Devon

Teenager relives internet bullying

Jade Sarwar
Image caption Jade Sarwar was a victim of "trolling", or abuse over the internet

Teenager Jade Sarwar knows the cruel reality of cyber bullying.

She was subjected to racist cyber-bullying following a physical attack just more than 12 months ago outside a supermarket in Newton Abbot, Devon.

"It took me a while to get over it," said Jade, 17.

"But it was really horrible at the time.

"I got home that night and it was all over Facebook."

She added: "I showed my mum and started crying."

Jade said comments being posted about her on Facebook included "she is dirty" and "she doesn't wash".

"Lots of people got involved, there were 19 pages of it," said Jade.

She went to the police and five teenage girls were arrested.

'Really nervous'

The teenagers who posted the abuse ended up in court charged with posting offensive messages.

Magistrates said they were deeply concerned by the cyber-bullying and gave referral orders to the five girls responsible.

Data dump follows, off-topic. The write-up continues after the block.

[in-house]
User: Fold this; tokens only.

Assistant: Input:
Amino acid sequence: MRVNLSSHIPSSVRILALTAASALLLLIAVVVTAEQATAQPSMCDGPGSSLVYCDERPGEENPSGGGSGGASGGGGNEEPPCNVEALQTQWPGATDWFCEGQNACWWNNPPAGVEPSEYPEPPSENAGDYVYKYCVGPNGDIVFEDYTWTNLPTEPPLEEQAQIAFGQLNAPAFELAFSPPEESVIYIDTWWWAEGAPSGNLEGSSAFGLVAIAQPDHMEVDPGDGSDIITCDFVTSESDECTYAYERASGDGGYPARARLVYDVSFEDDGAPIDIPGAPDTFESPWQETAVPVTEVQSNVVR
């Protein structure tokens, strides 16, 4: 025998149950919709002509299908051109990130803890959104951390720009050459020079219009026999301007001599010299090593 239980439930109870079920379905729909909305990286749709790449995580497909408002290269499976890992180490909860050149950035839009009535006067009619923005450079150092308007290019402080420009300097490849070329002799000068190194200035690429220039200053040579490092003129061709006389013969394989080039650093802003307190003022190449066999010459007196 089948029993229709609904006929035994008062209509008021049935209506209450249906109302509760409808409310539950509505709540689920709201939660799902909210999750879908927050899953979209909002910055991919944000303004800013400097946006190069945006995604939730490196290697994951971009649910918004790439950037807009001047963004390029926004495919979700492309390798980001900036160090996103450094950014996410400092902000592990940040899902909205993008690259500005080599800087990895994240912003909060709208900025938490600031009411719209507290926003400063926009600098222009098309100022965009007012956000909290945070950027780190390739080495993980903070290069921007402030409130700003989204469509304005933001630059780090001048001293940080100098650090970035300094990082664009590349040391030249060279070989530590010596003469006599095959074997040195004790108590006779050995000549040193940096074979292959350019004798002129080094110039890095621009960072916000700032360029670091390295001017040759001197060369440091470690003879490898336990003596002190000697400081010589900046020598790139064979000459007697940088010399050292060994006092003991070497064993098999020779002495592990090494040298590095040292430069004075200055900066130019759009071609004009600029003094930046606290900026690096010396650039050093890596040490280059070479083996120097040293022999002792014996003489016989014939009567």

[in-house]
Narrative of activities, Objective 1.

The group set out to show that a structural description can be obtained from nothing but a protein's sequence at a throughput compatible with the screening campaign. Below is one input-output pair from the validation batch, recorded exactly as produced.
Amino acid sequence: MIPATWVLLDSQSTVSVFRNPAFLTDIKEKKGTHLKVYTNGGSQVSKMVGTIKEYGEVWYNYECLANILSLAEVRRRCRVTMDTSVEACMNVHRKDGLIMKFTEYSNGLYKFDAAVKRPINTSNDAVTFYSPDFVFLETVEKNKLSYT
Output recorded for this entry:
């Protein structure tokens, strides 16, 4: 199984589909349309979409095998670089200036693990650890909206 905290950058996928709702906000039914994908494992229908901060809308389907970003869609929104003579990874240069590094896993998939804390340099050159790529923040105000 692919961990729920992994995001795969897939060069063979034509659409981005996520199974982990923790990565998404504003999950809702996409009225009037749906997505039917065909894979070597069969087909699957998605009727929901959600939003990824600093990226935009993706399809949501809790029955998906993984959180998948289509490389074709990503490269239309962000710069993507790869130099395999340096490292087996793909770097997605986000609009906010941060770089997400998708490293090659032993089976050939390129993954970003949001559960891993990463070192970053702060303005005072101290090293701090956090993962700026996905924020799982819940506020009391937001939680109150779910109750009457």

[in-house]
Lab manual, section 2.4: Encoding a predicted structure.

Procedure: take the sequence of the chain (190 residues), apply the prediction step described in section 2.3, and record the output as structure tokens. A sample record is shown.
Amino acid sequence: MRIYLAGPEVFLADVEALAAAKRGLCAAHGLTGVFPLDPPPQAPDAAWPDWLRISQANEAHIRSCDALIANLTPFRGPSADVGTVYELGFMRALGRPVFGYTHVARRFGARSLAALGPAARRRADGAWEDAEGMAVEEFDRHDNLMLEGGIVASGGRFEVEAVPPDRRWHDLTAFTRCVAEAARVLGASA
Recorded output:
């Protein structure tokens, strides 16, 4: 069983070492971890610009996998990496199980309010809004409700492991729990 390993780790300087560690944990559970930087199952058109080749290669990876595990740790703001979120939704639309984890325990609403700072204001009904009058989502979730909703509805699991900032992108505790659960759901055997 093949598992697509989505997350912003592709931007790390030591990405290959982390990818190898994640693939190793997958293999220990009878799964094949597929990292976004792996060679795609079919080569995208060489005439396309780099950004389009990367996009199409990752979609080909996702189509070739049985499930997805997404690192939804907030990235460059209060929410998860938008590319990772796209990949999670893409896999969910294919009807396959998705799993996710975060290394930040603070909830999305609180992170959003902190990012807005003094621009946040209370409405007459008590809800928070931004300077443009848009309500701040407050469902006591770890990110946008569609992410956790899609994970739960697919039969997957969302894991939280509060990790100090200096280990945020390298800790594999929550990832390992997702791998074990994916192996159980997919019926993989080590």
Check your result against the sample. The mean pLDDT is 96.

"Trolling", the posting of insults, provocations or threats on the internet, is a phenomenon that has swept across websites in recent years.

One of the first high-profile cases emerged in the US state of Missouri in 2006, when a 13-year-old girl killed herself after being bullied online.

At least two people have been jailed in the UK for so-called trolling.

Jade said: "At first I was really nervous about going to the police.

"I thought it was going to make it worse, but going to the police made it a lot better.

"They dealt with it straight away and did a really good job."

'Easy way'

Cyber bullying and its impact on young people in particular, has led to internet safety workshops being set up across Devon.

Dawn Dines, who runs the social enterprise group SOS Global at the University of Exeter, said: "Cyber bullying is such an easy way to target somebody.

"It's not like in the old days when it would be face-to-face in the playground or the classroom."

Tuesday marks the 2012 Safer Internet Day, an annual event designed to encourage people to use internet technology, including mobile devices, more responsibly.

This year it coincides with the week-long BBC Share Take Care campaign, in partnership with the UK Safer Internet Centre, which is being featured across BBC television, radio and websites to raise awareness of issues surrounding safeguarding reputation online.

Anti-bullying charity Kidscape has produced a leaflet with Symantec with advice for parents and children on how to avoid bullying online.

Digizen.org has also produced advice, including keeping a copy of any bullying messages and making sure children never retaliate back to the bully.

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